Parents-to-be may have one fewer risk-based decision to make during pregnancy. A company that develops prenatal tests says a blood test may be able to detect potential birth defects without the risks that the current test, amniocentesis, carries.
In a study published in the American Journal of Human Genetics, researchers at Verinata Health and Tufts Medical Center showed that the test detected chromosomal abnormalities in 11 pregnant women with no false positives and no false negatives.
Unlike amniocentesis, which uses a needle to retrieve amniotic fluid and causes a small number of miscarriages (about 1 in every 200-400 cases), the new test relies on genetic sequencing. Previously, the technique had been done only with tissue from the placenta.
"What's impressive about this paper is that they were able to do the same thing as microarray, which is of course totally invasive," Jacob Kitzman, a graduate student at the University of Washington, told Time. "There's zero risk from a blood draw and potentially this could be extended to expectant mothers who don't have access to clinicians who can do more invasive tests."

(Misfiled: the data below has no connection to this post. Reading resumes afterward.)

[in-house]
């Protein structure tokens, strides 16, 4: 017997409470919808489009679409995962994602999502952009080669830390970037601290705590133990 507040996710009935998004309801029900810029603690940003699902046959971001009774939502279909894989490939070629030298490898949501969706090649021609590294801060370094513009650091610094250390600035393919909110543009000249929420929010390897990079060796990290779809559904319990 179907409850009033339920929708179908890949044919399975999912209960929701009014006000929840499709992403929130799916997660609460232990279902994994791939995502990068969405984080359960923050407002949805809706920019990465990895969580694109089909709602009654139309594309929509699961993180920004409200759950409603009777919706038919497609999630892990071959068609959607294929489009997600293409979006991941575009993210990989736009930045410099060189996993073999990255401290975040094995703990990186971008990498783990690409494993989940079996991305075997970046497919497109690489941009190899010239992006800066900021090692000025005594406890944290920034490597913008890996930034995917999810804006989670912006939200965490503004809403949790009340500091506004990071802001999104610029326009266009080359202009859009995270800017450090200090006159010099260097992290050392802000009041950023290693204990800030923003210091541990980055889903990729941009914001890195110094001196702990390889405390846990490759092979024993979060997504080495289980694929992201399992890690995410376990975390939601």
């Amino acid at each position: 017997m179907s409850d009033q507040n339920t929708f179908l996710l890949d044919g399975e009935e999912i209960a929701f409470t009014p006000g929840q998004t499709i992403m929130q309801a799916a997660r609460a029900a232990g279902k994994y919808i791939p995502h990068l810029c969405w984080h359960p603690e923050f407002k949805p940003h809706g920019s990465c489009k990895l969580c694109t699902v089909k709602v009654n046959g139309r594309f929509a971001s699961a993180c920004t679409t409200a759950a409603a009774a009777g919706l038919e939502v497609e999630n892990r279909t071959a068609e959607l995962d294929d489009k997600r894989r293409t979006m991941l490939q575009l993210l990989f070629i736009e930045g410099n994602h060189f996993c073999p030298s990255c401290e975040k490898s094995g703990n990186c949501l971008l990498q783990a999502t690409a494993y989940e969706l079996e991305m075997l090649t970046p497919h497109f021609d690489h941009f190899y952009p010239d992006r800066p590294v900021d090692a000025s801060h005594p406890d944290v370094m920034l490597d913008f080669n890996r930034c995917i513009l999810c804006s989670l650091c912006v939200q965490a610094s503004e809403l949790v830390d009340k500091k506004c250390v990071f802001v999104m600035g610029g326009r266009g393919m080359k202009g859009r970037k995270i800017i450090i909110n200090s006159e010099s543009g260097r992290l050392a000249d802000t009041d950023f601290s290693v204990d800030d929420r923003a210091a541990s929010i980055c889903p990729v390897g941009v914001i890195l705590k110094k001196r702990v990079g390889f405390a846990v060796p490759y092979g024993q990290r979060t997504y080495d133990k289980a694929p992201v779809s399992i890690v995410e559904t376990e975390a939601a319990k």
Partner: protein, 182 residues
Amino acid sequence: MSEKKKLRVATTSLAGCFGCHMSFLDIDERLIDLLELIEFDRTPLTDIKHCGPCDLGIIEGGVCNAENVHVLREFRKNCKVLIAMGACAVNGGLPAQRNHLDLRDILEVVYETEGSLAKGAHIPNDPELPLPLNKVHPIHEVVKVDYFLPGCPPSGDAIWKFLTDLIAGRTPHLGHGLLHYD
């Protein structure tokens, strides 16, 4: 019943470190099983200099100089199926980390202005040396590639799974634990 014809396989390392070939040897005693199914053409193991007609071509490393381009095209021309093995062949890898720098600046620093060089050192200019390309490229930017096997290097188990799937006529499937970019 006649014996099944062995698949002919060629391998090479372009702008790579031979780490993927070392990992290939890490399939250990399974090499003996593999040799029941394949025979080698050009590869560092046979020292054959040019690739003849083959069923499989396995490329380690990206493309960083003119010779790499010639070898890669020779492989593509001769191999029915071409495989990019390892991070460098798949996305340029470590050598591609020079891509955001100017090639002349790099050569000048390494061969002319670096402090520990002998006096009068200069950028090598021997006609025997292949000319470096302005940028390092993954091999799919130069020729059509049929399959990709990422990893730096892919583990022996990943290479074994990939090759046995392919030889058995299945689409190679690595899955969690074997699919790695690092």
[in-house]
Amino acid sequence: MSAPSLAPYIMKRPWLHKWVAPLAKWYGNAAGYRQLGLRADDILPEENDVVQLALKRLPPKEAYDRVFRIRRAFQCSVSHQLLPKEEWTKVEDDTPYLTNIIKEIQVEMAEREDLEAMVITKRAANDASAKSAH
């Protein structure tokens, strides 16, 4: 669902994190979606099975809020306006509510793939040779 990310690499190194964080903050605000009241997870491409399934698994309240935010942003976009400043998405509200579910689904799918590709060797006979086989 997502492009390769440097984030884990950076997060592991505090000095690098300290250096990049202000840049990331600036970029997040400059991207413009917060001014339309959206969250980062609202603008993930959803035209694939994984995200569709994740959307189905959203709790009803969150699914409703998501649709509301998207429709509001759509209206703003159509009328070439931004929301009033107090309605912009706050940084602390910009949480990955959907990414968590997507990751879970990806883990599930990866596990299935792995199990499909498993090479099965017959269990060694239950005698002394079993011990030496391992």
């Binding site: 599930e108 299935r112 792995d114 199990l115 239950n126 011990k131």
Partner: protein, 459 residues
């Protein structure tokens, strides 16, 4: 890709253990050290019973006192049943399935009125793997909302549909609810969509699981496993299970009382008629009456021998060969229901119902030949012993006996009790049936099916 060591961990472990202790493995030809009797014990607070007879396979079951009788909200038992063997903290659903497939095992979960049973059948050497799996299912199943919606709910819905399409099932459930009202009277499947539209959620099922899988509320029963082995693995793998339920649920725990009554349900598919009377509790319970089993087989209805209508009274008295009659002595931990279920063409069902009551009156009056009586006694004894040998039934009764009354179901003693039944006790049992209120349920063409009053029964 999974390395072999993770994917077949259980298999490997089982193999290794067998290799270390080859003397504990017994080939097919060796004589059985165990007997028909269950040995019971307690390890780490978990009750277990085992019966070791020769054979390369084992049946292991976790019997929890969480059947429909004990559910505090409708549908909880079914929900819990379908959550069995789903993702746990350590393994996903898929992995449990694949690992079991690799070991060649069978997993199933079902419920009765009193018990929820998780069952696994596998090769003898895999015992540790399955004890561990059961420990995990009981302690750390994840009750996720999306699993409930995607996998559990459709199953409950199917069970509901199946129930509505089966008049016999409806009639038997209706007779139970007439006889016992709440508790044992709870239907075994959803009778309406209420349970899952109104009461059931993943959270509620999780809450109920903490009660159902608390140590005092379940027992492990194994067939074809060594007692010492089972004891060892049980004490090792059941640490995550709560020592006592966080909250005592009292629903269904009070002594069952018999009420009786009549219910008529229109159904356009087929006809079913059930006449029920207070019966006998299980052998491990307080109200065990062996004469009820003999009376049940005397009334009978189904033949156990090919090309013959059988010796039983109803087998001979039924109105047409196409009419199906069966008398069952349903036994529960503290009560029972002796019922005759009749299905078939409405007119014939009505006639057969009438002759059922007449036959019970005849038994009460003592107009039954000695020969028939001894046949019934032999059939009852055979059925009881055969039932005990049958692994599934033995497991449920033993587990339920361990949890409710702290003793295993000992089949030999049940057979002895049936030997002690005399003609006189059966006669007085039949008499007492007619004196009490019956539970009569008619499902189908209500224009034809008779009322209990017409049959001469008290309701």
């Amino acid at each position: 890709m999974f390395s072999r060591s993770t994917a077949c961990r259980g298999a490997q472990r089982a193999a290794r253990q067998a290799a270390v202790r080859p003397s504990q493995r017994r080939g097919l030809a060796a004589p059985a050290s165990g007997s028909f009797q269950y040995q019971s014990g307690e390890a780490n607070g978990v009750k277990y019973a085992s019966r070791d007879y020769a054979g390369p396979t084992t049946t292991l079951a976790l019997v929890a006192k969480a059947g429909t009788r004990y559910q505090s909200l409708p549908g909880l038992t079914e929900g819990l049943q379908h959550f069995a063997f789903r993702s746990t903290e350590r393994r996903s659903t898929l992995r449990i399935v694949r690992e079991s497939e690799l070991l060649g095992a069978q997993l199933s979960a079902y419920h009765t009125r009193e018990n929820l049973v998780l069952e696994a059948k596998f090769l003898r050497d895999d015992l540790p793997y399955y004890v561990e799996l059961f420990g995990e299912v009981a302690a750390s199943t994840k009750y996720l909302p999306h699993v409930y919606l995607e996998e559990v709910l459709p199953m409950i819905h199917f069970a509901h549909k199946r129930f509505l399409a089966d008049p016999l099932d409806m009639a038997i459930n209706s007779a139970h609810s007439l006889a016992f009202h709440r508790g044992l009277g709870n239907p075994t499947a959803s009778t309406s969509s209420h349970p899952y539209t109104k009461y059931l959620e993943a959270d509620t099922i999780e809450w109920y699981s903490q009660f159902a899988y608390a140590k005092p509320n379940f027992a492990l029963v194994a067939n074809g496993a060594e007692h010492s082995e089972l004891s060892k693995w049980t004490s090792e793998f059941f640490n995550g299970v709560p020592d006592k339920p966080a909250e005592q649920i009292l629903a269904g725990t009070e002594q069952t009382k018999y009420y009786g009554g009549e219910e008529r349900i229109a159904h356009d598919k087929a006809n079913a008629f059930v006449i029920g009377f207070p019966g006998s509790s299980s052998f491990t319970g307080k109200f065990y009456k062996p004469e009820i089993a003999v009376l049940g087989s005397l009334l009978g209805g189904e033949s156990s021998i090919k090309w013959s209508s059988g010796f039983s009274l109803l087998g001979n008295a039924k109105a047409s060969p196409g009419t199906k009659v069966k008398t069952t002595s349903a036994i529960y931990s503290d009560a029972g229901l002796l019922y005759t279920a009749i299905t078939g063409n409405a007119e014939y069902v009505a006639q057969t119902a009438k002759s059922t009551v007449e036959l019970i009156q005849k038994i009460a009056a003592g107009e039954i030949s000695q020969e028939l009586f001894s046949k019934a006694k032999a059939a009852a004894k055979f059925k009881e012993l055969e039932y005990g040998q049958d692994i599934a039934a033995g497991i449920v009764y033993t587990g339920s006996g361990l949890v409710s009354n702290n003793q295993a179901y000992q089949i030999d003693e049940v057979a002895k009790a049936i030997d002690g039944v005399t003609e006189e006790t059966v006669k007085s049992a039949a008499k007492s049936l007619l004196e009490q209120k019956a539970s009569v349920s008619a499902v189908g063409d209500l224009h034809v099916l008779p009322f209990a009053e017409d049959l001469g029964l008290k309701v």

Already, a blood test that detects Down syndrome is on the market; the company expects the expanded version to be available in a year or so, according to Time.
While the decision to get the test may be easier for new parents, decisions about what to do with the information remain difficult.
"The easier it gets to get information about a fetus," Dr. Ronald Wapner, director of reproductive genetics at Columbia University Medical Center, told Time, "the more careful we have to be about how we use our technology."